If you own birds or you simply love these wonderful feathered friends, you should be careful with the plants in your home or outdoors. Numerous plants are toxic to birds, including the adorable cockatiels or our intelligent parrots.
The level of toxicity usually depends on the size of the bird and how much they ingested, and the first sign you will notice is gastrointestinal distress. If you think your bird ate a toxic plant, make sure you call the vet as soon as possible as it can lead to death. These are the most popular plants that are toxic to birds and how you can recognize them with ease.
This fragile plant is often happily welcomed by numerous homeowners because it is believed to attract good luck. Unfortunately, this may only hold for humans, as it is highly toxic to your birds. Ensure you do not keep this plant in or around your home as it is also harmful to other types of pets. When ingested, your bird may suffer from tremors and hypersalivation.
If you love gardening, you have perhaps considered the beautiful amaryllis at some point. Although it is a lovely addition to your flowering collection, you should not cultivate it if you have birds or other types of pets. Ingesting this plant leads to diarrhea, vomiting, and many more health issues.
One of the early signs of spring, daffodils are a staple for many beautiful gardens. However, they are dangerous to our birds due to lycorine, a chemical compound inside the plant. Large amounts of daffodil can lead to death. Other symptoms include gastrointestinal upset and seizures.
4. Morning Glory
With an eye-catching deep blue, the morning glory is indeed of unique beauty. However, your pet bird will not appreciate it as it can make it very sick. Even more important, the seeds contain a chemical that leads to a similar reaction as LSD consumption.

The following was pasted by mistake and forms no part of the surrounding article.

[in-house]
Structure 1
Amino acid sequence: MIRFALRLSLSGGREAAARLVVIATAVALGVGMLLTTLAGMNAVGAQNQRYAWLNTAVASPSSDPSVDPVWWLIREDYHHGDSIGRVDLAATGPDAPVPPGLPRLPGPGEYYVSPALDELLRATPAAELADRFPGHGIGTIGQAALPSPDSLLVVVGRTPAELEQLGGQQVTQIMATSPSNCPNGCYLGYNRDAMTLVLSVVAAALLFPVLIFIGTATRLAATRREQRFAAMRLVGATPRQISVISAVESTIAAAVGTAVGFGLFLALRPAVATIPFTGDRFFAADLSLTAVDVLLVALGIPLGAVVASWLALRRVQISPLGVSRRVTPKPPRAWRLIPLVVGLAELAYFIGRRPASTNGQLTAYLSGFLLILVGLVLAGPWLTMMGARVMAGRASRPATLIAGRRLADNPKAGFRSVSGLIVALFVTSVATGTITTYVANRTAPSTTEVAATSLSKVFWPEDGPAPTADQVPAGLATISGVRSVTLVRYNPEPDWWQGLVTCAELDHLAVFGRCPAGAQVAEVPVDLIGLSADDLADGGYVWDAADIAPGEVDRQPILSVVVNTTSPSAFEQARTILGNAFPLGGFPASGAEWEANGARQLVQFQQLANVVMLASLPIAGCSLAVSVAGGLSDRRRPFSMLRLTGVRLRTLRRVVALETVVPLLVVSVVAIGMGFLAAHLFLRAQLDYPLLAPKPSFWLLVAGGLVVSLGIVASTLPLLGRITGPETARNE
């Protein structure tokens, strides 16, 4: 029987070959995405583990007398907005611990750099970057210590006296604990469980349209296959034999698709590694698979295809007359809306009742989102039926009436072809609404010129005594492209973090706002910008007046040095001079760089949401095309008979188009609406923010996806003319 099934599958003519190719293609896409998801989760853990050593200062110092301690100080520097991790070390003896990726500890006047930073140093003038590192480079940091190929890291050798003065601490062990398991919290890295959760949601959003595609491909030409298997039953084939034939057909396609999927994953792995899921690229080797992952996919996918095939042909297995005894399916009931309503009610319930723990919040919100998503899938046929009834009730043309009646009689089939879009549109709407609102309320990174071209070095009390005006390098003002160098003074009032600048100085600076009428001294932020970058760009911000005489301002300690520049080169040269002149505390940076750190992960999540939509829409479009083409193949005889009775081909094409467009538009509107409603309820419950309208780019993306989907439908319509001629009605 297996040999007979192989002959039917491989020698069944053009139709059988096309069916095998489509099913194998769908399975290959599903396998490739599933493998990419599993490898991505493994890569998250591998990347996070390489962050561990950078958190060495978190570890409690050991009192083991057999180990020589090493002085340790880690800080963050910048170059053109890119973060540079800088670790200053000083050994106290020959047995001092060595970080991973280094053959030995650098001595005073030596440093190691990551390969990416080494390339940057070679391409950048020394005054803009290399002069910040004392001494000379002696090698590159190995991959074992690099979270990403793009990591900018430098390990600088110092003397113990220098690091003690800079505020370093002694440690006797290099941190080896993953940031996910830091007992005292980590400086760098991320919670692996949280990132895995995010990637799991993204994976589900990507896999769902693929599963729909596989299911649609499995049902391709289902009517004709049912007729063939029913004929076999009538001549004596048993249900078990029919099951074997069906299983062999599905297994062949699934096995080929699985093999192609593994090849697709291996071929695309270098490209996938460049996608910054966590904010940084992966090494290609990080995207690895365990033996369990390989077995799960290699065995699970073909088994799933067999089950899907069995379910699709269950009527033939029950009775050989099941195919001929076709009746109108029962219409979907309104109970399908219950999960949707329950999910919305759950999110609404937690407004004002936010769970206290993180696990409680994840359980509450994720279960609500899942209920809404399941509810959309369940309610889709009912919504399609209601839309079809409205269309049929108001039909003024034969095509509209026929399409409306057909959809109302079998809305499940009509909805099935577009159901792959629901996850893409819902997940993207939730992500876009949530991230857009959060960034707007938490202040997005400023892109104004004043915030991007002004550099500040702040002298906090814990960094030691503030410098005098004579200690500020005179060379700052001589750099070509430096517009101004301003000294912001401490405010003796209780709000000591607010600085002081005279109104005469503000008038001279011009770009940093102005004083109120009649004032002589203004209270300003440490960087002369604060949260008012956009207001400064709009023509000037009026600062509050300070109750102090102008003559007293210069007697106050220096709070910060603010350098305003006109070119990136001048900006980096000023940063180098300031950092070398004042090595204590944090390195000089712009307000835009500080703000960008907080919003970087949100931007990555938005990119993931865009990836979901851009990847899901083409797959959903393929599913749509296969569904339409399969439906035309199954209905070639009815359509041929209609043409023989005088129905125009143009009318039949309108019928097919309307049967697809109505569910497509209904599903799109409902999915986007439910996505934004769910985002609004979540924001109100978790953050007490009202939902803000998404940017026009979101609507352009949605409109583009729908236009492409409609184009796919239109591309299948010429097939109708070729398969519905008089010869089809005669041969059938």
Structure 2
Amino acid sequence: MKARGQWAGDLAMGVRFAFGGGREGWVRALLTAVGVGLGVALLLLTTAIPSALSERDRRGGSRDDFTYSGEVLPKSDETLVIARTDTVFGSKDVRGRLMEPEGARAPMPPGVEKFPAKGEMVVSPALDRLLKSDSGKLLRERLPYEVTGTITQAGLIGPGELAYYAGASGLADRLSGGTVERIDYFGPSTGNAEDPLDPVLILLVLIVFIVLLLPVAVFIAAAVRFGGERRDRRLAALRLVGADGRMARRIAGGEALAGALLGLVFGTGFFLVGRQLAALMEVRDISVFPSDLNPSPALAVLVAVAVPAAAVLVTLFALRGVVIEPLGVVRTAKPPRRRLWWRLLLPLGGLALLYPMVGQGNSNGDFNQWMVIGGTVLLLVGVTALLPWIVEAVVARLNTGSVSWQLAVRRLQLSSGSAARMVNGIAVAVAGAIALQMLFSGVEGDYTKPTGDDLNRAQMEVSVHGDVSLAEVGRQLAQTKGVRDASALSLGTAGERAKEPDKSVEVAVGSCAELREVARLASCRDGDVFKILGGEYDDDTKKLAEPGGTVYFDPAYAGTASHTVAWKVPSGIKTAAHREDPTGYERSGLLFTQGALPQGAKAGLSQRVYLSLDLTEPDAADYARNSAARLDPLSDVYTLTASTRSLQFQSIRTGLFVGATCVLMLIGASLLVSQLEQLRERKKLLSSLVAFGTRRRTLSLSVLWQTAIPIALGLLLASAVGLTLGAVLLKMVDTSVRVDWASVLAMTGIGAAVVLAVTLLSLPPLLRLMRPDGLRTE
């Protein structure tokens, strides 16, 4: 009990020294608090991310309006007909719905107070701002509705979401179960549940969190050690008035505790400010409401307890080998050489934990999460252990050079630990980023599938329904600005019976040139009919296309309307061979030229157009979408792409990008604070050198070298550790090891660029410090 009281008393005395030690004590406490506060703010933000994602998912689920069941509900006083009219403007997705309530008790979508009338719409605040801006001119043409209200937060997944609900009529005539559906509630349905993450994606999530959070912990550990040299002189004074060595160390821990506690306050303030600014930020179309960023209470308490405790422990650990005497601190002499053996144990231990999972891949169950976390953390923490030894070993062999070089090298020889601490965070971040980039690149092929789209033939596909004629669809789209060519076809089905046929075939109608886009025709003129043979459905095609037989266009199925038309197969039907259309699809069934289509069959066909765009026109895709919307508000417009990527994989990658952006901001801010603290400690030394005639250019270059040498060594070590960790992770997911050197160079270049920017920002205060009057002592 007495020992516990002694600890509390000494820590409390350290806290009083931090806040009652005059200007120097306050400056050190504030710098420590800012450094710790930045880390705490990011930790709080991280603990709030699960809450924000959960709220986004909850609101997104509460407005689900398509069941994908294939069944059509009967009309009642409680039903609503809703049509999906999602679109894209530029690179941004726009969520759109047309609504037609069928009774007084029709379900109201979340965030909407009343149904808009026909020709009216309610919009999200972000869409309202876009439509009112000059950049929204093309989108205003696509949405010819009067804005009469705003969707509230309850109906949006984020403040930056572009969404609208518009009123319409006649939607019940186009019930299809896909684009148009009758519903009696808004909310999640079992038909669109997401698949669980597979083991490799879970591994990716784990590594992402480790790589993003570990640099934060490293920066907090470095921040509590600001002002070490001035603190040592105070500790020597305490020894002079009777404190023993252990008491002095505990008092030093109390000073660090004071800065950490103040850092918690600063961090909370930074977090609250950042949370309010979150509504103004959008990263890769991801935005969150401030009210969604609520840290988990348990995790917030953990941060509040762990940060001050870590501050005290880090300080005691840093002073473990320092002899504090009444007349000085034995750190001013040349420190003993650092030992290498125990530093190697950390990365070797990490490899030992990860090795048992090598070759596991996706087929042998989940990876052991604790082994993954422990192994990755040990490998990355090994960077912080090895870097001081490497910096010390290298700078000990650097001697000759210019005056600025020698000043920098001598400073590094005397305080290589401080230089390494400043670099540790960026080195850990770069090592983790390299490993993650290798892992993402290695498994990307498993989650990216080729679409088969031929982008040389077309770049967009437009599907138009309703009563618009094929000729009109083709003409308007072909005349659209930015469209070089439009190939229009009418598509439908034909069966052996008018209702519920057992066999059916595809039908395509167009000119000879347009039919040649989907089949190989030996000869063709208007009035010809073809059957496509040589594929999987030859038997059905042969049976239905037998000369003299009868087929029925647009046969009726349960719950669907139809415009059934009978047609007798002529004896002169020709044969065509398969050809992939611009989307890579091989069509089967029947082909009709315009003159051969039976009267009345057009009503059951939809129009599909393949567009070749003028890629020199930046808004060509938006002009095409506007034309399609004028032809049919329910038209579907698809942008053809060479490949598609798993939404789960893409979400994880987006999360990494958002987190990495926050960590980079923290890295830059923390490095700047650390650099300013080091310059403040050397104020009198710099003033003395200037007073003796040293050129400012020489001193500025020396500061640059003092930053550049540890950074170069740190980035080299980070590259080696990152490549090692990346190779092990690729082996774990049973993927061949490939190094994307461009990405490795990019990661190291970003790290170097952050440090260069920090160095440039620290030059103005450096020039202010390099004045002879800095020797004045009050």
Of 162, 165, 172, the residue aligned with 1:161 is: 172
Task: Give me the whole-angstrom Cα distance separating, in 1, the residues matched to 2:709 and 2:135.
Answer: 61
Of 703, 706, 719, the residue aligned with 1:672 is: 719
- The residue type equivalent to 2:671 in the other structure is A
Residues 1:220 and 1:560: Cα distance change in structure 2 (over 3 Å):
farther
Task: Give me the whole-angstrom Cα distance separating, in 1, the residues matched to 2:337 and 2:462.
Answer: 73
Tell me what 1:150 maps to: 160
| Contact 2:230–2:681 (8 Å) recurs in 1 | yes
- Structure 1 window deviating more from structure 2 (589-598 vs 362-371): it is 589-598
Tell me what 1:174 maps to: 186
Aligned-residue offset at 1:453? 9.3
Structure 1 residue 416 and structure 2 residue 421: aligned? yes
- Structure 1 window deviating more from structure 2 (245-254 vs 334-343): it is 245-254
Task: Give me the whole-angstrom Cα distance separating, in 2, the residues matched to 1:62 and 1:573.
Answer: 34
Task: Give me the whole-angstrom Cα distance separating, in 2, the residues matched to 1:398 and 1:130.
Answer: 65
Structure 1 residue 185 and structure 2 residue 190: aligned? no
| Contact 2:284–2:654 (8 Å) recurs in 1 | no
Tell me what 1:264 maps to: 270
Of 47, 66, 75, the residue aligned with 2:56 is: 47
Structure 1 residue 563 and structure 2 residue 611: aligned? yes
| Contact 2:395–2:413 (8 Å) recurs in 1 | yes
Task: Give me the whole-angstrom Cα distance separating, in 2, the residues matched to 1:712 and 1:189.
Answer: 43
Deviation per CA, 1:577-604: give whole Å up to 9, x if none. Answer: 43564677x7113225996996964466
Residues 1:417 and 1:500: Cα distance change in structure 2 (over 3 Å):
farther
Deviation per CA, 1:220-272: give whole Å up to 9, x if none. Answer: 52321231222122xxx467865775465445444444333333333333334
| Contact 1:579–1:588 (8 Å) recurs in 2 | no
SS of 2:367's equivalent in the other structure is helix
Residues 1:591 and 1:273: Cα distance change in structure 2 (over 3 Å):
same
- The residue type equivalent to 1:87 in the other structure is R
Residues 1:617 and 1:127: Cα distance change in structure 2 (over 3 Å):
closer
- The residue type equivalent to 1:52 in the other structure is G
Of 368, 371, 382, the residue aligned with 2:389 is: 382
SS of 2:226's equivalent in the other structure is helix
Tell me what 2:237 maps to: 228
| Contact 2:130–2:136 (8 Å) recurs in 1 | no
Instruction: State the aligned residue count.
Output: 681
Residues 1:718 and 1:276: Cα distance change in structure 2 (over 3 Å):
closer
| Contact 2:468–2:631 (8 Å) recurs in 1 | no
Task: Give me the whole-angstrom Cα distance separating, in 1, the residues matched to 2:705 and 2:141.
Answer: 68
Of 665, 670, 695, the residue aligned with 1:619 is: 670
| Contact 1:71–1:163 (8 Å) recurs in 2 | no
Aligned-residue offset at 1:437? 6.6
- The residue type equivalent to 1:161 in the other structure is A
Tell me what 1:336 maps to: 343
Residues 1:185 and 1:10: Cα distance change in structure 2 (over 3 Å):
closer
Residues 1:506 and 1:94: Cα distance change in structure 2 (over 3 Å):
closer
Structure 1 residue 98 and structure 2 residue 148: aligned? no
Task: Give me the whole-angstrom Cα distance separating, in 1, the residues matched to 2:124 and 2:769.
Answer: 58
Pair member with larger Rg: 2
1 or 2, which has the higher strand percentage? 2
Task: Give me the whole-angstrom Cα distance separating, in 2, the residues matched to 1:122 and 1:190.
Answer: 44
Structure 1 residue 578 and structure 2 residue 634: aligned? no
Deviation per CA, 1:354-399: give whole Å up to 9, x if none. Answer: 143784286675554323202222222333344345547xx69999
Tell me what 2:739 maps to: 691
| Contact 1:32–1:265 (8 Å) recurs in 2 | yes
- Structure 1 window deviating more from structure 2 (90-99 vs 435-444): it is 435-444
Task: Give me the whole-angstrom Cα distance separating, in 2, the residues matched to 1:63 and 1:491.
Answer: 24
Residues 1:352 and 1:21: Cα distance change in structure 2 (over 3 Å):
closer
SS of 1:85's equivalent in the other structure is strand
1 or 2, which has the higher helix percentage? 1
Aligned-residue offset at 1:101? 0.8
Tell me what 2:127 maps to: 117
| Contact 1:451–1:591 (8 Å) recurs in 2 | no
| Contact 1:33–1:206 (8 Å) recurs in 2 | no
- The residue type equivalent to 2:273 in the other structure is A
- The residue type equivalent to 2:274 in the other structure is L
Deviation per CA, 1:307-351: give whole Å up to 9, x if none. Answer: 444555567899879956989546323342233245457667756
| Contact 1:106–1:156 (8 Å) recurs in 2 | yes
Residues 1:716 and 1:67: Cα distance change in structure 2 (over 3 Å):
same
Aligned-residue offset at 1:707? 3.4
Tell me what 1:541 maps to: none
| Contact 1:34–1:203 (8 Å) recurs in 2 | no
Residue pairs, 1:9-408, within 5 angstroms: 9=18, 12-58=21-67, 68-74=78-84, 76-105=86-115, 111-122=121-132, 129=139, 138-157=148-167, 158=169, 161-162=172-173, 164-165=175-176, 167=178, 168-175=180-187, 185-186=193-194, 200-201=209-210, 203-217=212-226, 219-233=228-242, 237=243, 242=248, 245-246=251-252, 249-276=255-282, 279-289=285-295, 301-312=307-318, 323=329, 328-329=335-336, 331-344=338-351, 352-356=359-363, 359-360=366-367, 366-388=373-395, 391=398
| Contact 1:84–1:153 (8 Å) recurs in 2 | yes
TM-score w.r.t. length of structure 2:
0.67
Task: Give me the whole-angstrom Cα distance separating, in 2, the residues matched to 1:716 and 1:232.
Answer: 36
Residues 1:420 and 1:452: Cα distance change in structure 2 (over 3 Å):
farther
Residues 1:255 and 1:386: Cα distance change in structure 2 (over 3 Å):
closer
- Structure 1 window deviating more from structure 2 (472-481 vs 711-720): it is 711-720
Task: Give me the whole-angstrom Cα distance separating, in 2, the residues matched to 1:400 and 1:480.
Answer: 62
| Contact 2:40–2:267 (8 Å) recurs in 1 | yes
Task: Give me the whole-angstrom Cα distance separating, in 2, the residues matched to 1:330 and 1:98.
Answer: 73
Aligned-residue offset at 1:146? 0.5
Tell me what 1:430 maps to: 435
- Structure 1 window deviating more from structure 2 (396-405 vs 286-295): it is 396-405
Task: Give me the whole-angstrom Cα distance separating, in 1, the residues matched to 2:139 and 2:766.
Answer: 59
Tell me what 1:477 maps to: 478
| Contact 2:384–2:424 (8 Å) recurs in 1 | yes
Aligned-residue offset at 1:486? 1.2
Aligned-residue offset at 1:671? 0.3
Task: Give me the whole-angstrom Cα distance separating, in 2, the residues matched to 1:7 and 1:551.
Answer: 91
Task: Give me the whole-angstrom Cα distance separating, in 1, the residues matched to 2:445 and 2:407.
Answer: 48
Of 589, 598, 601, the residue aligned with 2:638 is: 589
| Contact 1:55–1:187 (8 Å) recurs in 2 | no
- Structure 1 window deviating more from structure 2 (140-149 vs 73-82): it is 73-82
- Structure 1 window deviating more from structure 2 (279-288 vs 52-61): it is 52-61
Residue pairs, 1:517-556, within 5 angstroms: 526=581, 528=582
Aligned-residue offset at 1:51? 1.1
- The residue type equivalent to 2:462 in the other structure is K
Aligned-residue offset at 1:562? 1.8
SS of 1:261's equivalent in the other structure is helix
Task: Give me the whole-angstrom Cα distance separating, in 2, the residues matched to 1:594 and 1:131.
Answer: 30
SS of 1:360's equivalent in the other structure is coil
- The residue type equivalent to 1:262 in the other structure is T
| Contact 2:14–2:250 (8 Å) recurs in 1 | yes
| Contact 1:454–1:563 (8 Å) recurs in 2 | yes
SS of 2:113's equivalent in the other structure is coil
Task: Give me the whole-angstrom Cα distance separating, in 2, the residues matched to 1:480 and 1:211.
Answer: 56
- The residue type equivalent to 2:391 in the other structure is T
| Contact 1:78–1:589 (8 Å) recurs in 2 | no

Another spring staple, you should not grow tulips if you have little pet birds. When ingested, it leads to depression, diarrhea, vomiting, and even loss of appetite. The most toxic part of the plant is the bulb which causes abdominal pain, dizziness, and even death in rare cases.
This Plant is Toxic to Cockatiels
Lilies come in many beautiful, innocent-looking varieties, such as the peace lilies. Unfortunately, there’s nothing peaceful when birds ingest them, cockatiels included. You should remove all types of lilies from your landscape as they lead to severe mouth and digestive irritations.
If you have an indoor bird, such as a parrot, you should pay extra attention to what houseplants you grow. Philodendron is one popular choice due to its exquisite foliage, but it is toxic to your bird. Every part of this plant leads to difficulty swallowing, gastrointestinal upset, and even vomiting, among others.
When Christmas is around the corner, all plant lovers opt for the beautiful, festive poinsettia. They are the symbol of this particular time of the year, and you can keep them for the rest of the year, too. Unfortunately, the plant is not only highly toxic to birds but also other pets and even people. It leads to skin and gastrointestinal irritations, along with other severe health issues.
Holly comes with beautiful, bright red berries, and it is also a popular choice during the festive season. It is important to eliminate this plant from your household because the berries resemble a tasty snack for birds. Alternatively, you can decorate your place with artificial holly.
Another toxic plant to cockatiels and other birds, the mistletoe can actually lead to death when ingested in more significant amounts. Other mild or moderate health issues include vomiting, depression, or even anorexia if ingested. All parts are toxic, especially these tiny, delicious-looking berries.
The ivy is an interesting plant with luscious foliage. It can brighten up any home or garden, but it can be deadly for our winged friends. Even the common varieties lead to abdominal pain, vomiting, excessive salivation, and other severe health issues.
Finally, avocados have plenty of health benefits for humans, so it is not uncommon to grow them around our homes. However, most species are toxic to birds, so you should avoid them altogether, just to be on the safe side. The fruit contains persin, a compound you can find in the leaf, bark, and flesh.